A Career Working in Marine Science
Senior Girls Careers

Year 10 girls at Bolton School met former pupil Hannah Earp, virtually, during their morning Form period in the latest talk in the Women of Work series.

Hannah introduced herself as someone working in Marine Sciences. She explained that whilst the field covers organisms that live in the sea, beyond that, careers can also be spent looking at ocean chemistry and the physics of waves and tides, and that work is across all kinds of environments from the deep sea to the Arctic/Antarctic to tropical reefs and mangroves.

Reflecting on her schooldays, from 2000-10, Hannah told how she had kept her options open, choosing GCSEs in Art, Science, two languages, History and Geography as well as English and Maths and, in Sixth Form, A levels in Biology, French and Geography. On leaving Bolton School she opted to study a degree in Marine Biology and Oceanography at Bangor University in Wales, which included a year studying in Australia at La Trobe University. She also stopped off in Borneo for two months on the way back where she completed her Divemasters qualification. From there she developed an interest in diving, particularly in and around coral reefs which led to her working for a charity called The Reef World Foundation in the Philippines which coordinate a UNEP initiative called ‘Green Fins’ that aims to promote sustainability in the diving industry. Admitting to then realising she didn’t know as much as she thought, she went on to study for a two years’ Masters in Tropical Marine Sciences at Universität Bremen in Germany. The course allowed her to spend time studying coral reefs out in French Polynesia and to enjoy an internship in New Zealand.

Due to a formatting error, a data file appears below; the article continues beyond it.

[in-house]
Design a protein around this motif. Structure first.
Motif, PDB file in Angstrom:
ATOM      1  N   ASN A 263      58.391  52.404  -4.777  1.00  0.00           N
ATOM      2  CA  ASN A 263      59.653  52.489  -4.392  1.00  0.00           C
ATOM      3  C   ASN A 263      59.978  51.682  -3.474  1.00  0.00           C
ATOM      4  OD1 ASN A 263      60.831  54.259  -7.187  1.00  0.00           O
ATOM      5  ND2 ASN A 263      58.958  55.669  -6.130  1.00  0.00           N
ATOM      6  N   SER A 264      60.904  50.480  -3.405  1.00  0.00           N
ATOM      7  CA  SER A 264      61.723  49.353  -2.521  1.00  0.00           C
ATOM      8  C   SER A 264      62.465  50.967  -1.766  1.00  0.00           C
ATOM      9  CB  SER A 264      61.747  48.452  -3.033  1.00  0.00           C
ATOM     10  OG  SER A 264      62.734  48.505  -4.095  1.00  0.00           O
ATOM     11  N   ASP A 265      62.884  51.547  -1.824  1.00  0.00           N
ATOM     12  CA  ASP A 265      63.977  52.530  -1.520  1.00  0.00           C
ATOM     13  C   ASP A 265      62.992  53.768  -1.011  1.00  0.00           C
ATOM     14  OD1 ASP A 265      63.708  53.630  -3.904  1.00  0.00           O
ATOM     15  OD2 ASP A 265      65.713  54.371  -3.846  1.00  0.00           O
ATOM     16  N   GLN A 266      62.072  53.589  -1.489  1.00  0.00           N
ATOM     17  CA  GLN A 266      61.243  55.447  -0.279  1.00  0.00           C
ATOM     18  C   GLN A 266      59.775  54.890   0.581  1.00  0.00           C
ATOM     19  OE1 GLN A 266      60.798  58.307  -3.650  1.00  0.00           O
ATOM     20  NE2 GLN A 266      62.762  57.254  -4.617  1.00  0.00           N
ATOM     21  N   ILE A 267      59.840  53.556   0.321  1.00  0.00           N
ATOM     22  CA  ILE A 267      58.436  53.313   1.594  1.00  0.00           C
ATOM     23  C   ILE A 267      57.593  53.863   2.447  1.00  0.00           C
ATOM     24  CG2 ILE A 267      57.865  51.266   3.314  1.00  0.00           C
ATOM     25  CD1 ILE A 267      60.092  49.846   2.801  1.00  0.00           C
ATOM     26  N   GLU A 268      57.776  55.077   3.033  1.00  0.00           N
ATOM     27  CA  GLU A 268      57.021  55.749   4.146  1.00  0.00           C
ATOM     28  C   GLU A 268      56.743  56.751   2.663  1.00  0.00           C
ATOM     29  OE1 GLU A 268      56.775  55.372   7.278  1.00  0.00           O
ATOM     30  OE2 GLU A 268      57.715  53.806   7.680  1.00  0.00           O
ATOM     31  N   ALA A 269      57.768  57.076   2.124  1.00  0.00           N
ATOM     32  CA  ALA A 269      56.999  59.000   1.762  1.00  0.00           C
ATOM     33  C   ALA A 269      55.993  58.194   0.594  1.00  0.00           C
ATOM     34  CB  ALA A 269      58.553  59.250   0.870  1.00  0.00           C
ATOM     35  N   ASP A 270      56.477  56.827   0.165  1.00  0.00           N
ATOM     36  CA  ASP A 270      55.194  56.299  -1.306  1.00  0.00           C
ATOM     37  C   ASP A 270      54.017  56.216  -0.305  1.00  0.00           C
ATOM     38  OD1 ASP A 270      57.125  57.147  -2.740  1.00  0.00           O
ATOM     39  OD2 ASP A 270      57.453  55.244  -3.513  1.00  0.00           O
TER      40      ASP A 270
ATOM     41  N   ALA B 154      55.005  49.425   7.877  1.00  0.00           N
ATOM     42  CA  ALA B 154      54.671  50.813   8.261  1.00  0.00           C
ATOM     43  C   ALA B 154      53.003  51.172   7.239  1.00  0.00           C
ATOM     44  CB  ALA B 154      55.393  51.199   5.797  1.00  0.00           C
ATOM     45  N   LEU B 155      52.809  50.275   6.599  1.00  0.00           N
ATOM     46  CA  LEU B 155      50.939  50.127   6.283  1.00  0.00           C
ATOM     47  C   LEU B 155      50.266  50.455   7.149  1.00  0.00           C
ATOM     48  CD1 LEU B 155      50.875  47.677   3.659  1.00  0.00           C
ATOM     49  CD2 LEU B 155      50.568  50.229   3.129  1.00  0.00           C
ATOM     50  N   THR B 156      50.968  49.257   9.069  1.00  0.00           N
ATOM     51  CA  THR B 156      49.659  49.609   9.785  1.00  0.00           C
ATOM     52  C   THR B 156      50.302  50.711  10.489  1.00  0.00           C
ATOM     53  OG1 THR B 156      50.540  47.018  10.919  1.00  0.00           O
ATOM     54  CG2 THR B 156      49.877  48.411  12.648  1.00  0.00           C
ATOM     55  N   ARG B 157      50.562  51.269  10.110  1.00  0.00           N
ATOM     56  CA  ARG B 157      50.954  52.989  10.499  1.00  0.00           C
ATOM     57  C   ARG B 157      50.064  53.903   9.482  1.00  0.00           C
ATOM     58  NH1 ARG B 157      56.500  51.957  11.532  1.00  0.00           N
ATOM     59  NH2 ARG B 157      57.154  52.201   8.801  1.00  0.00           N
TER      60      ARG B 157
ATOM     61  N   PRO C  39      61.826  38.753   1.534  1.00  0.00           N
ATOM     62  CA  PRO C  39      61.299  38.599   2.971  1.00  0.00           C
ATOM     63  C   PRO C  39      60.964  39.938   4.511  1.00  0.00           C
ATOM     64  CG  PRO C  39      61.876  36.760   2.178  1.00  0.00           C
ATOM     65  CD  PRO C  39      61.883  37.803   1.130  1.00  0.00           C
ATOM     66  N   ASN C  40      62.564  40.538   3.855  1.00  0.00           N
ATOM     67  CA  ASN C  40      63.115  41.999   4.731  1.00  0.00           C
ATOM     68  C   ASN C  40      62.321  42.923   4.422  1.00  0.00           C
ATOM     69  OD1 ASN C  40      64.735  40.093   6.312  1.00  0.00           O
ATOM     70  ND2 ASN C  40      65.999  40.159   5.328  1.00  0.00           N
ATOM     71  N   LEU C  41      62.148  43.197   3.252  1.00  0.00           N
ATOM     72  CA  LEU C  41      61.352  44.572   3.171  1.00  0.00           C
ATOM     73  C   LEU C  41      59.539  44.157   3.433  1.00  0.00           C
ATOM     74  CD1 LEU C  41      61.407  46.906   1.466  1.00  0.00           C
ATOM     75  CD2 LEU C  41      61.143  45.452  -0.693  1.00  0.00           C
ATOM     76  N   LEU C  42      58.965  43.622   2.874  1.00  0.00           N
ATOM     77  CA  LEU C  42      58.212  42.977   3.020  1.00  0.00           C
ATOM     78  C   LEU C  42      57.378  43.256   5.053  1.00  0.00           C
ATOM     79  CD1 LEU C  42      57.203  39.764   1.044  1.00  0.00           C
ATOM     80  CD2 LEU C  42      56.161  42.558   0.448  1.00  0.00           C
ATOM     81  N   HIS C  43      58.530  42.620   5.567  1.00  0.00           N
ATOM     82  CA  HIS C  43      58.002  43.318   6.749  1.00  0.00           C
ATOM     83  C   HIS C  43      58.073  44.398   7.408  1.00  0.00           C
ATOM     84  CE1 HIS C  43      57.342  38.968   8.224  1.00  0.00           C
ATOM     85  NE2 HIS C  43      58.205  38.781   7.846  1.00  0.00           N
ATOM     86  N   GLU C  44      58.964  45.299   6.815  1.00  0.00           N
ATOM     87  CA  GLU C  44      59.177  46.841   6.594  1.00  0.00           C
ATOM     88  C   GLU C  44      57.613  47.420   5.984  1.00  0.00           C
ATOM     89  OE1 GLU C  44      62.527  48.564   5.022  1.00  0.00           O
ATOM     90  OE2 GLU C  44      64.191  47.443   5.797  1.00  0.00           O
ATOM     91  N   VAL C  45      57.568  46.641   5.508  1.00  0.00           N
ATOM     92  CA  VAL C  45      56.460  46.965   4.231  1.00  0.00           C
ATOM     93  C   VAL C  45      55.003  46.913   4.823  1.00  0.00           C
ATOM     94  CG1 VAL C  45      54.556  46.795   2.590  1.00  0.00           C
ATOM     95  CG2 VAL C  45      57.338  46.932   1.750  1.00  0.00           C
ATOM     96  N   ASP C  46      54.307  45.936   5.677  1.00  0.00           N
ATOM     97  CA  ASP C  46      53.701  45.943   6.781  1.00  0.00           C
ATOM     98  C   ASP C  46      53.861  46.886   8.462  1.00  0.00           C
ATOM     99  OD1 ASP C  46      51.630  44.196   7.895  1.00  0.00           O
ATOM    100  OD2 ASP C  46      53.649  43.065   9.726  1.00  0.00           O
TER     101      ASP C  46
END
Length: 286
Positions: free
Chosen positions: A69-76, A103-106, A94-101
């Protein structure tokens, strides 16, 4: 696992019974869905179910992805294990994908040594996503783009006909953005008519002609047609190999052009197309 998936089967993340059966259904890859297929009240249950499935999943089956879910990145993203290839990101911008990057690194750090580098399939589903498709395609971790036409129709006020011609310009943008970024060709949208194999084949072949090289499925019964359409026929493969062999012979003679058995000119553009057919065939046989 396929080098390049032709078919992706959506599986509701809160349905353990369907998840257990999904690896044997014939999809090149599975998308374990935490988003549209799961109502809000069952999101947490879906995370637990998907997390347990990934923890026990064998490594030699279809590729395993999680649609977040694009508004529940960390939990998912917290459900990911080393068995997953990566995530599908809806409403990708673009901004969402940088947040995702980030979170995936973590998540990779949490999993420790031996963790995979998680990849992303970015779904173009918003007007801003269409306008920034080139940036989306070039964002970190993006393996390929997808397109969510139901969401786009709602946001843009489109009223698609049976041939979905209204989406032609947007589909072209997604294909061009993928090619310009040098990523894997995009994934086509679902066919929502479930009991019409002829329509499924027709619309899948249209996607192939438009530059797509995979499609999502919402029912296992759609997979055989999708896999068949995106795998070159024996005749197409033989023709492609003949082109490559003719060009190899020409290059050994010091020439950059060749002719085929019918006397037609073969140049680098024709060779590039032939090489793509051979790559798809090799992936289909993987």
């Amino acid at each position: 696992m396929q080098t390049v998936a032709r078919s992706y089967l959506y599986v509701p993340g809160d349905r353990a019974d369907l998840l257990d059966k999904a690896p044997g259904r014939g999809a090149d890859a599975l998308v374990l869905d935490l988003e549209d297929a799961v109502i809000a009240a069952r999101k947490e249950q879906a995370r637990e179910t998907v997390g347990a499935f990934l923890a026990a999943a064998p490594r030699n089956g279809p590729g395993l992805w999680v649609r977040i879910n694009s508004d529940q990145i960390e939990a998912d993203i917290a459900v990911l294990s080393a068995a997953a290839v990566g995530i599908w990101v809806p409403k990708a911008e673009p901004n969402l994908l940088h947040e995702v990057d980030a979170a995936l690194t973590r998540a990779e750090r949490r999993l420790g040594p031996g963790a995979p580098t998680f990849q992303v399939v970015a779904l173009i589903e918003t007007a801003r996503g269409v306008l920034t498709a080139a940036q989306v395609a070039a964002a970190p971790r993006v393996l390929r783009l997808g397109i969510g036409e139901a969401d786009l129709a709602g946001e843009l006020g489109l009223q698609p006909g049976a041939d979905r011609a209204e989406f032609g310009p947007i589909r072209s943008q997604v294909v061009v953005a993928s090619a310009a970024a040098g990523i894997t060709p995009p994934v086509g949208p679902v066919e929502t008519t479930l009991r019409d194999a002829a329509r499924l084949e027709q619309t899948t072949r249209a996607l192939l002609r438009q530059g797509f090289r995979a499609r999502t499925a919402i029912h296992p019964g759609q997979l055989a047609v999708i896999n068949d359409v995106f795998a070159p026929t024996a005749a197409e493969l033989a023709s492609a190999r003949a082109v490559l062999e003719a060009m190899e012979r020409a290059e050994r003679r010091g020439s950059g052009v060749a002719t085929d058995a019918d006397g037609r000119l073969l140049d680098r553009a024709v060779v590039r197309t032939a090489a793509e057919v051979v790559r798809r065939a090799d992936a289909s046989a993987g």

Following her Masters, she felt it was time for a ‘proper job’ and Hannah told how she engaged members of the public in marine sciences through the Capturing our Coast project at Bangor University before moving to Aberystwyth University for a job investigating differences in marine life on artificial marine structures such as sea walls and natural shores.

In 2019, Hannah started a PhD at Aberystwyth University whilst also working at Aberystwyth and Newcastle Universities. Her research focusses on kelp forests in South America and around the UK. Kelp forests cover almost one third of the world’s temperate coastlines and are home to a vast array of marine life, but they are threatened by climate change and by human activities including harvesting. Hannah told how her work investigates marine life within kelp forests, alongside the threats facing kelp forests, as well as kelp restoration.

Considering what a career in research entails, Hannah said one of the great things is the fun you can have and recalled the great opportunities to swim with sharks, dolphins and whales. Whilst she gave up both Maths and English after GCSE, Hannah did say that both are still important in her work and that a large component of her job involves coding and analysing data, and, she said, she definitely needs English skills in order to author scientific papers. Hannah told how her work also involves sharing findings at conferences, applying for funding, and participating in training courses. Another feature of her job is long and often unsocial hours, particularly as much of her work is tied to the tides, meaning there can often be early mornings/ late nights preparing gear, entering data, and planning the following day’s work. Hannah revealed it is not the most financially fruitful job out there, but that it is truly rich in experiences and can involve lots of travel. She finished her presentation by advising girls how to get into the sector with tips such as learning about nature and taking every opportunity to swim, dive, sail, to volunteer at nature reserves and to get involved with citizen science projects.

Hannah then took time to answer questions about how competitive the job market is and whether you need to have a Masters or a PhD, how the pandemic affected her employment and whether languages are important in her work.

You can watch Hannah’s talk in full here.

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